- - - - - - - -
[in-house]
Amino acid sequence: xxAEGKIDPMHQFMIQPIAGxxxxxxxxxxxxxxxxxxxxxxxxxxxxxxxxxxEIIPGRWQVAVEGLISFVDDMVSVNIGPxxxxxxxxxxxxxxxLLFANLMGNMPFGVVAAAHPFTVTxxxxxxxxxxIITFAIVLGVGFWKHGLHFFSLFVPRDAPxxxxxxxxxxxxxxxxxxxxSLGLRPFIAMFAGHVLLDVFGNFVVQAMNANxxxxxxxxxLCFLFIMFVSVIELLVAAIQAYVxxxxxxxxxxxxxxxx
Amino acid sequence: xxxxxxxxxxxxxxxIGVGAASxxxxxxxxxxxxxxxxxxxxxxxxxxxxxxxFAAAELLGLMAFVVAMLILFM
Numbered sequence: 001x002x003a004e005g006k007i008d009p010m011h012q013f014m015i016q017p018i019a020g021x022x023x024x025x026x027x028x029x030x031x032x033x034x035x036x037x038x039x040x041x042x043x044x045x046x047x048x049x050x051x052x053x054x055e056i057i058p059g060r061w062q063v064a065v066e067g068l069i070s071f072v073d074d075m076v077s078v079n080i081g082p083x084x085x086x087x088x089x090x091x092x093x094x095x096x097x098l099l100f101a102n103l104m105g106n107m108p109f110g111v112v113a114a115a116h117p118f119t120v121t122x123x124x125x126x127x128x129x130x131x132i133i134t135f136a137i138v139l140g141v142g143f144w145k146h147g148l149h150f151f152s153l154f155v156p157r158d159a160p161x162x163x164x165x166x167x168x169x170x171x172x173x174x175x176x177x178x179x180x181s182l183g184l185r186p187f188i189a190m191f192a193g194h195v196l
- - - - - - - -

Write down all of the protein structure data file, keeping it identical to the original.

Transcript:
[in-house]
Amino acid sequence: xxAEGKIDPMHQFMIQPIAGxxxxxxxxxxxxxxxxxxxxxxxxxxxxxxxxxxEIIPGRWQVAVEGLISFVDDMVSVNIGPxxxxxxxxxxxxxxxLLFANLMGNMPFGVVAAAHPFTVTxxxxxxxxxxIITFAIVLGVGFWKHGLHFFSLFVPRDAPxxxxxxxxxxxxxxxxxxxxSLGLRPFIAMFAGHVLLDVFGNFVVQAMNANxxxxxxxxxLCFLFIMFVSVIELLVAAIQAYVxxxxxxxxxxxxxxxx
Amino acid sequence: xxxxxxxxxxxxxxxIGVGAASxxxxxxxxxxxxxxxxxxxxxxxxxxxxxxxFAAAELLGLMAFVVAMLILFM
Numbered sequence: 001x002x003a004e005g006k007i008d009p010m011h012q013f014m015i016q017p018i019a020g021x022x023x024x025x026x027x028x029x030x031x032x033x034x035x036x037x038x039x040x041x042x043x044x045x046x047x048x049x050x051x052x053x054x055e056i057i058p059g060r061w062q063v064a065v066e067g068l069i070s071f072v073d074d075m076v077s078v079n080i081g082p083x084x085x086x087x088x089x090x091x092x093x094x095x096x097x098l099l100f101a102n103l104m105g106n107m108p109f110g111v112v113a114a115a116h117p118f119t120v121t122x123x124x125x126x127x128x129x130x131x132i133i134t135f136a137i138v139l140g141v142g143f144w145k146h147g148l149h150f151f152s153l154f155v156p157r158d159a160p161x162x163x164x165x166x167x168x169x170x171x172x173x174x175x176x177x178x179x180x181s182l183g184l185r186p187f188i189a190m191f192a193g194h195v196l